"As you might imagine on Space Station, whatever they have available on orbit is what they have to use," project leader Niki Werkheiser said. "And just like on the ground, you have parts that break or get lost."
Blueprints can be preloaded onto the 3-D printing hardware, and new files can be uploaded from the ground as well, NASA said.
Space station crew may be able to "make things we've thought of that could be useful" as well as simply replacing old tools, astronaut Timothy "TJ" Creamer said in a YouTube video on the project prepared by NASA and released Monday.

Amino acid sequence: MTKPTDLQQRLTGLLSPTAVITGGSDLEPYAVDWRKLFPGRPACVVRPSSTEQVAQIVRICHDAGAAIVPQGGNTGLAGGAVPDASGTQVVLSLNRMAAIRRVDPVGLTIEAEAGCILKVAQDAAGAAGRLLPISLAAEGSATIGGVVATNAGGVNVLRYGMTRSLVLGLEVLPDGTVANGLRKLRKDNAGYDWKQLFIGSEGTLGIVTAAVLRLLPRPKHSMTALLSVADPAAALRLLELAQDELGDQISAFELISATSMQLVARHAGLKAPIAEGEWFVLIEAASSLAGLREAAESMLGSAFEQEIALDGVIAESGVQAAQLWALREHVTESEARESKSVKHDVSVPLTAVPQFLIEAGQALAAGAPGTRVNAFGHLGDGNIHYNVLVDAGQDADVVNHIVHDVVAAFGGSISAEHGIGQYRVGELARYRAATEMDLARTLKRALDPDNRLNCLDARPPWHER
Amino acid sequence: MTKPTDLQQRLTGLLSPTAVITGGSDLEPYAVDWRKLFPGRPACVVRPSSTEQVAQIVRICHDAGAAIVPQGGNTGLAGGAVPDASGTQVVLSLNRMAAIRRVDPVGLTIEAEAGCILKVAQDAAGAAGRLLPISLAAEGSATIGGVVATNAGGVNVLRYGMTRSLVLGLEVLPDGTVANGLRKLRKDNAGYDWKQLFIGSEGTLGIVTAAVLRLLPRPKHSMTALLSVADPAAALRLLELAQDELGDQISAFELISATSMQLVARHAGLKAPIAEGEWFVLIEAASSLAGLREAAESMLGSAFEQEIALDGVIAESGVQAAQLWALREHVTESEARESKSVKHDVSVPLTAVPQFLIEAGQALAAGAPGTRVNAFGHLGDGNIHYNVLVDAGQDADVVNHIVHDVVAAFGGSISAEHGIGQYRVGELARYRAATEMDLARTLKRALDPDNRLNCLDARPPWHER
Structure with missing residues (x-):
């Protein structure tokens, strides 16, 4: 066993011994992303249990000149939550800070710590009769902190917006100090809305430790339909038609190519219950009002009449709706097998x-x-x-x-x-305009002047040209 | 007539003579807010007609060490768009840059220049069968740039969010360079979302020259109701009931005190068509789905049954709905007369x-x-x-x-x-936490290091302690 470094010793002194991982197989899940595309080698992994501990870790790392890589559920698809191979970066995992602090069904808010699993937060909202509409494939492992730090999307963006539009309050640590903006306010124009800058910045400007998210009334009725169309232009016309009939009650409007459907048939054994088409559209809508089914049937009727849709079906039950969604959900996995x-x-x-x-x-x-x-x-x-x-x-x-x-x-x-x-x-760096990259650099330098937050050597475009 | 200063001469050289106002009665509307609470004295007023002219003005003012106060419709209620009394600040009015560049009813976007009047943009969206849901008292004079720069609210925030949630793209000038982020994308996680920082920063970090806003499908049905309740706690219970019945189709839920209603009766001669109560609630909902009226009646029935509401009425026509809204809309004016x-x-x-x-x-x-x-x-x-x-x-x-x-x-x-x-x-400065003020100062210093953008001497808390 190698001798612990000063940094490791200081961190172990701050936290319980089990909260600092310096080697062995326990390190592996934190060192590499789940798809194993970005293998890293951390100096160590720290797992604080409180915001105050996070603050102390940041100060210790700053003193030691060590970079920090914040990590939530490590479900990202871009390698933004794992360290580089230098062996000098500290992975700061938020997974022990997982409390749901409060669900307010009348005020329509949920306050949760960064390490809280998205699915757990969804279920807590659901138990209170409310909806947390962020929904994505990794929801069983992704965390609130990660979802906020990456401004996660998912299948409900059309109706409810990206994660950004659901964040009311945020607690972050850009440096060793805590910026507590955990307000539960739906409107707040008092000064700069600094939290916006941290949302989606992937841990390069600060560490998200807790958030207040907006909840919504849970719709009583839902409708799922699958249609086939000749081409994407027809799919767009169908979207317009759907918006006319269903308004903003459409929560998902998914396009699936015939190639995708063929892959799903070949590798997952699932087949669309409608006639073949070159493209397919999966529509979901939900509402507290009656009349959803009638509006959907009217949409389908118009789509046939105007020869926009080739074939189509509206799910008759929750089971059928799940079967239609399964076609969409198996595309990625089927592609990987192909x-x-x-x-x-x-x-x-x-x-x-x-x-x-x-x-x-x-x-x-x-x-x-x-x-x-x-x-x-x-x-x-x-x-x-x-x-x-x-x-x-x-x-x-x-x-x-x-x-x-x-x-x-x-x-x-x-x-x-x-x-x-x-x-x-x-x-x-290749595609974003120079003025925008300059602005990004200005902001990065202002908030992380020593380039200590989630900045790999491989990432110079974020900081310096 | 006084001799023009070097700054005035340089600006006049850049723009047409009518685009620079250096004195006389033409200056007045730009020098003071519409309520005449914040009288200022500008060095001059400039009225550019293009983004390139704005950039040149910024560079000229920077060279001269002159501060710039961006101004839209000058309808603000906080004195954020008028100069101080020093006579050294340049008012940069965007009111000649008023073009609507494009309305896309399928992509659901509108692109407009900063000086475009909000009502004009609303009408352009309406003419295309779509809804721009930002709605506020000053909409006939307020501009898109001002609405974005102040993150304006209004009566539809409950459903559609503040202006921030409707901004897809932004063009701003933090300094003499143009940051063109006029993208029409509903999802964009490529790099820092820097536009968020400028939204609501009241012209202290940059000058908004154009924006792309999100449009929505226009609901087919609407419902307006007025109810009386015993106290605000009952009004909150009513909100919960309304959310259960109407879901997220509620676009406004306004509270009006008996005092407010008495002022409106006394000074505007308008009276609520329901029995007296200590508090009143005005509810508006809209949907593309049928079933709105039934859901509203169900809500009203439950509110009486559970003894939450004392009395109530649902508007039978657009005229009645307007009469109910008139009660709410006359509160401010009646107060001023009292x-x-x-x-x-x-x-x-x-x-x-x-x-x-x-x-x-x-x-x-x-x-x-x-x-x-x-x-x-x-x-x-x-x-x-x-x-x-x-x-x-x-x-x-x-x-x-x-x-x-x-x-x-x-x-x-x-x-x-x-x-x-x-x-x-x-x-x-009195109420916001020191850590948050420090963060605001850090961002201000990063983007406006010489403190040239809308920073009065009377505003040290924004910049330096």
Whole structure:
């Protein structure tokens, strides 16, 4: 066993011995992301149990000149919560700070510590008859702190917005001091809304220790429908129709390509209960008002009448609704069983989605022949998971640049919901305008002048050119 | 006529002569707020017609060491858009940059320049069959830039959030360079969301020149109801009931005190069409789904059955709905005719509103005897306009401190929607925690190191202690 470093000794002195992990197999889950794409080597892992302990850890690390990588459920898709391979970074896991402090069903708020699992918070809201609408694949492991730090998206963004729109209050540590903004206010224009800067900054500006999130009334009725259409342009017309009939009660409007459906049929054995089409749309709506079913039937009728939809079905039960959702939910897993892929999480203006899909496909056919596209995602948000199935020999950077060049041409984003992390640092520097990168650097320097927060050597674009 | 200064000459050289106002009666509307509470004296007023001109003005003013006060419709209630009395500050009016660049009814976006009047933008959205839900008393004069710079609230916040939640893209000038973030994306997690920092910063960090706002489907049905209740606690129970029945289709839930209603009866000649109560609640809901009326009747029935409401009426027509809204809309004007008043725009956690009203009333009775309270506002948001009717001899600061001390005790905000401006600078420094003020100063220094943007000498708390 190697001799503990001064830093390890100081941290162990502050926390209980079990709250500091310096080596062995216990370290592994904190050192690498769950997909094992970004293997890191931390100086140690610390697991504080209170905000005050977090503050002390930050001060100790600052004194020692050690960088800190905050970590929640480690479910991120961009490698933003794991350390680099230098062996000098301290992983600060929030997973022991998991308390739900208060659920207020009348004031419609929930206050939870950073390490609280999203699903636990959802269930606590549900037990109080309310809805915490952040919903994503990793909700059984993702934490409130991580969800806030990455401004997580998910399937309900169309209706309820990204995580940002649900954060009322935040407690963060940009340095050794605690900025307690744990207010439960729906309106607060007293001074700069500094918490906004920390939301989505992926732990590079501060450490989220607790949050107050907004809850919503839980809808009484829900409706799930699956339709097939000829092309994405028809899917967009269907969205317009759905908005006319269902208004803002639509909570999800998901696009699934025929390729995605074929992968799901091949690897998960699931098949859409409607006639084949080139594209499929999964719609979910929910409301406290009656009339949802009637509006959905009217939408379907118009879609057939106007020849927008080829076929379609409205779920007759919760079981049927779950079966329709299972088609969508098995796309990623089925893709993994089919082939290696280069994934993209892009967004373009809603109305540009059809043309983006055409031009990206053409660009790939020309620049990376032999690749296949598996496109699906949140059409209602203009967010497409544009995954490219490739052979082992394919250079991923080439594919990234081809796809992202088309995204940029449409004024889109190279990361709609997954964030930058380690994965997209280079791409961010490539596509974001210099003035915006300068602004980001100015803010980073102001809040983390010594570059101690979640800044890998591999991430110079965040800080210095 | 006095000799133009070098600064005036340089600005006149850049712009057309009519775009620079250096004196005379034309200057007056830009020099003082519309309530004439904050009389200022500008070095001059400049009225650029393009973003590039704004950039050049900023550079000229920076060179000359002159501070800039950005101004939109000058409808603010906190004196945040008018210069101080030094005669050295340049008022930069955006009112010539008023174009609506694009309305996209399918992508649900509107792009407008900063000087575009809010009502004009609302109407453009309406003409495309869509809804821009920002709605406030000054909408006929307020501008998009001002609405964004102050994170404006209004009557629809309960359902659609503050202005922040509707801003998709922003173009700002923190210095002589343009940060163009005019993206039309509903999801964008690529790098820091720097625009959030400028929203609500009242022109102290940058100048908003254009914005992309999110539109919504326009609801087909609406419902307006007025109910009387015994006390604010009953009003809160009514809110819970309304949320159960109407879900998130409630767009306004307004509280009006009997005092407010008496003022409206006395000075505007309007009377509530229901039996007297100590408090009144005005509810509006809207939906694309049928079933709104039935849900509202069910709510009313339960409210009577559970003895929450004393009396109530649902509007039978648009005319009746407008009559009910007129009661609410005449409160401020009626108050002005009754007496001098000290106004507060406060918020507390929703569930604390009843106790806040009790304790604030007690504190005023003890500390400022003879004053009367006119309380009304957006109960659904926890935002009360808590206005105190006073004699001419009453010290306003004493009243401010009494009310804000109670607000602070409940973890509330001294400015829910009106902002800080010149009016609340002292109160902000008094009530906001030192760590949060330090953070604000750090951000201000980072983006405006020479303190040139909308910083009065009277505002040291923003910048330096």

"3-D printing provides us the ability to do our own 'Star Trek' replication right there on the spot," Creamer said in the video
The zero-G-ready 3-D printer could be launched to the ISS in June 2014 on the fifth SpaceX supply mission, NASA said.
Designed by the firm Made In Space, the printer was recently verified to work in zero-G, passing a battery of tests at NASA's Marshall Space Flight Center in Huntsville, Ala.